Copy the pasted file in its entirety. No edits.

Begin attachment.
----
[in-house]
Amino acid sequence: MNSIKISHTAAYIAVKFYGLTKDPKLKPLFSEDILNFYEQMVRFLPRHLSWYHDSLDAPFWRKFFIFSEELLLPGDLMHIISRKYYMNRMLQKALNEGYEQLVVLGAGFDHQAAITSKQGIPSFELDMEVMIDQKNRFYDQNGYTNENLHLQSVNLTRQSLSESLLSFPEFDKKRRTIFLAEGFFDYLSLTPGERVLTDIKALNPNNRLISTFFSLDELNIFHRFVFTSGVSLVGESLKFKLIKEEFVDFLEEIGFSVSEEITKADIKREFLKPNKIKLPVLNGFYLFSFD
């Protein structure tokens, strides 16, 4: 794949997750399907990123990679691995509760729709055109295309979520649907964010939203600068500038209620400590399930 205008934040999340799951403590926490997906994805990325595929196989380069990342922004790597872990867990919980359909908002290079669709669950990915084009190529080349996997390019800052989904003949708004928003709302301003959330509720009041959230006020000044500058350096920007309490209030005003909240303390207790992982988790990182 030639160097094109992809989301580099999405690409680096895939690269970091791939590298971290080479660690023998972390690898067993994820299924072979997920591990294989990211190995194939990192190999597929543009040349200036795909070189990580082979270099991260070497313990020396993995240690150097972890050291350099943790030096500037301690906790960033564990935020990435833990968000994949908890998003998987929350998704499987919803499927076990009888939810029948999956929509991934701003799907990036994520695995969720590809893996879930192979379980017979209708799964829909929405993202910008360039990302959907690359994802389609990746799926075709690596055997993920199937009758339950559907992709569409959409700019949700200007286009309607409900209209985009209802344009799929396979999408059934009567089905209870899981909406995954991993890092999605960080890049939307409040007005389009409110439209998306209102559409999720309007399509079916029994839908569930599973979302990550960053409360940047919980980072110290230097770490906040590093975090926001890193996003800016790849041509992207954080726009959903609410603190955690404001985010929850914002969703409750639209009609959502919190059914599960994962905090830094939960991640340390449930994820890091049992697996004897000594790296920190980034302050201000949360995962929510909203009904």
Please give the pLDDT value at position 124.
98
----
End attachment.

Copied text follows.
[in-house]
Amino acid sequence: MNSIKISHTAAYIAVKFYGLTKDPKLKPLFSEDILNFYEQMVRFLPRHLSWYHDSLDAPFWRKFFIFSEELLLPGDLMHIISRKYYMNRMLQKALNEGYEQLVVLGAGFDHQAAITSKQGIPSFELDMEVMIDQKNRFYDQNGYTNENLHLQSVNLTRQSLSESLLSFPEFDKKRRTIFLAEGFFDYLSLTPGERVLTDIKALNPNNRLISTFFSLDELNIFHRFVFTSGVSLVGESLKFKLIKEEFVDFLEEIGFSVSEEITKADIKREFLKPNKIKLPVLNGFYLFSFD
């Protein structure tokens, strides 16, 4: 794949997750399907990123990679691995509760729709055109295309979520649907964010939203600068500038209620400590399930 205008934040999340799951403590926490997906994805990325595929196989380069990342922004790597872990867990919980359909908002290079669709669950990915084009190529080349996997390019800052989904003949708004928003709302301003959330509720009041959230006020000044500058350096920007309490209030005003909240303390207790992982988790990182 030639160097094109992809989301580099999405690409680096895939690269970091791939590298971290080479660690023998972390690898067993994820299924072979997920591990294989990211190995194939990192190999597929543009040349200036795909070189990580082979270099991260070497313990020396993995240690150097972890050291350099943790030096500037301690906790960033564990935020990435833990968000994949908890998003998987929350998704499987919803499927076990009888939810029948999956929509991934701003799907990036994520695995969720590809893996879930192979379980017979209708799964829909929405993202910008360039990302959907690359994802389609990746799926075709690596055997993920199937009758339950559907992709569409959409700019949700200007286009309607409900209209985009209802344009799929396979999408059934009567089905209870899981909406995954991993890092999605960080890049939307409040007005389009409110439209998306209102559409999720309007399509079916029994839908569930599973979302990550960053409360940047919980980072110290230097770490906040590093975090926001890193996003800016790849041509992207954080726009959903609410603190955690404001985010929850914002969703409750639209009609959502919190059914599960994962905090830094939960991640340390449930994820890091049992697996004897000594790296920190980034302050201000949360995962929510909203009904």
Please give the pLDDT value at position 124.
98